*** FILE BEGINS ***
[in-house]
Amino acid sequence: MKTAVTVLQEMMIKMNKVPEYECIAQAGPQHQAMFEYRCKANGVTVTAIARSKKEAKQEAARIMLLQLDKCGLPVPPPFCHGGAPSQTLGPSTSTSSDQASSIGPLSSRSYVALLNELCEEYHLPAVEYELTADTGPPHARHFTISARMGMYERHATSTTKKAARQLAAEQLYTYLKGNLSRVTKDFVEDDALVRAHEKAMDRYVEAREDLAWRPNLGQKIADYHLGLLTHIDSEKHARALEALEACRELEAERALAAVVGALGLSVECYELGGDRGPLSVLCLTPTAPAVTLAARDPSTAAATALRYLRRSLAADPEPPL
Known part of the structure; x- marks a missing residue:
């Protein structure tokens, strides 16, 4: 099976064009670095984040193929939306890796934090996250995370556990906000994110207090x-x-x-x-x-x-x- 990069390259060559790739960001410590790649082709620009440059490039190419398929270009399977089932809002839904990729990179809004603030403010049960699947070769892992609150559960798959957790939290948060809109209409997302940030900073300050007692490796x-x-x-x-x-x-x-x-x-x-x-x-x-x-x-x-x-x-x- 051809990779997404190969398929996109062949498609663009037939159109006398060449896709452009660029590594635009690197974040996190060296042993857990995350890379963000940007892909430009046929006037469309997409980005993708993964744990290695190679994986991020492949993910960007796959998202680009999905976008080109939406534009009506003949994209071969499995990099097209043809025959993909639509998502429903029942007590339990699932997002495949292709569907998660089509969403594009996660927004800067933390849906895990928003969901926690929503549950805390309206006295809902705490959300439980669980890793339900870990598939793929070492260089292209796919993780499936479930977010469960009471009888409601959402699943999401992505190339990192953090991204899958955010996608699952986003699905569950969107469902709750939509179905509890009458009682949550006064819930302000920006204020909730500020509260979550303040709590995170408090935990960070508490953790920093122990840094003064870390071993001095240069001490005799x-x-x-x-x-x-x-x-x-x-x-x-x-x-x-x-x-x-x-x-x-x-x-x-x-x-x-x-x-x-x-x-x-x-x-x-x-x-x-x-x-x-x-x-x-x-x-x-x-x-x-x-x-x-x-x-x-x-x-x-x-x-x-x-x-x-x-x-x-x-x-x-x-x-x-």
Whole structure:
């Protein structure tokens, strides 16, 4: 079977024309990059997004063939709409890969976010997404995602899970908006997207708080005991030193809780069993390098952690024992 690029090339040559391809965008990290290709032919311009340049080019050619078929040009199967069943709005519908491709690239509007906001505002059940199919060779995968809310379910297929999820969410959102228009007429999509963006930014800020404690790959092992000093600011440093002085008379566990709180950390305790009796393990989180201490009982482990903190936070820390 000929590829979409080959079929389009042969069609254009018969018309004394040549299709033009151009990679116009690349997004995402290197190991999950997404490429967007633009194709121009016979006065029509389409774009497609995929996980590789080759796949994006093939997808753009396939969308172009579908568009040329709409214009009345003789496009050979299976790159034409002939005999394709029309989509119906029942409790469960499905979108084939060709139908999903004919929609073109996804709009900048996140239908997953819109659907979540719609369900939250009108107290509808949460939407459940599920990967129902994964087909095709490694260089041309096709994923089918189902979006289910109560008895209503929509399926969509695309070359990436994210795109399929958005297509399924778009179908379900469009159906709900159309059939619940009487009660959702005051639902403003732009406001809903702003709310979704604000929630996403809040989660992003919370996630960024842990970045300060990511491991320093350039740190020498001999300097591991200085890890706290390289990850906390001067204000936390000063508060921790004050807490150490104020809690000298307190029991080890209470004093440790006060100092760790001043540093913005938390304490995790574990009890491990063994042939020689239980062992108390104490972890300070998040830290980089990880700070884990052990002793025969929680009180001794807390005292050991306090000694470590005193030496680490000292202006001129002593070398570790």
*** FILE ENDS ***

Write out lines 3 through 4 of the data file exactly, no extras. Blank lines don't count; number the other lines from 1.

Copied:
Known part of the structure; x- marks a missing residue:
């Protein structure tokens, strides 16, 4: 099976064009670095984040193929939306890796934090996250995370556990906000994110207090x-x-x-x-x-x-x- 990069390259060559790739960001410590790649082709620009440059490039190419398929270009399977089932809002839904990729990179809004603030403010049960699947070769892992609150559960798959957790939290948060809109209409997302940030900073300050007692490796x-x-x-x-x-x-x-x-x-x-x-x-x-x-x-x-x-x-x- 051809990779997404190969398929996109062949498609663009037939159109006398060449896709452009660029590594635009690197974040996190060296042993857990995350890379963000940007892909430009046929006037469309997409980005993708993964744990290695190679994986991020492949993910960007796959998202680009999905976008080109939406534009009506003949994209071969499995990099097209043809025959993909639509998502429903029942007590339990699932997002495949292709569907998660089509969403594009996660927004800067933390849906895990928003969901926690929503549950805390309206006295809902705490959300439980669980890793339900870990598939793929070492260089292209796919993780499936479930977010469960009471009888409601959402699943999401992505190339990192953090991204899958955010996608699952986003699905569950969107469902709750939509179905509890009458009682949550006064819930302000920006204020909730500020509260979550303040709590995170408090935990960070508490953790920093122990840094003064870390071993001095240069001490005799x-x-x-x-x-x-x-x-x-x-x-x-x-x-x-x-x-x-x-x-x-x-x-x-x-x-x-x-x-x-x-x-x-x-x-x-x-x-x-x-x-x-x-x-x-x-x-x-x-x-x-x-x-x-x-x-x-x-x-x-x-x-x-x-x-x-x-x-x-x-x-x-x-x-x-």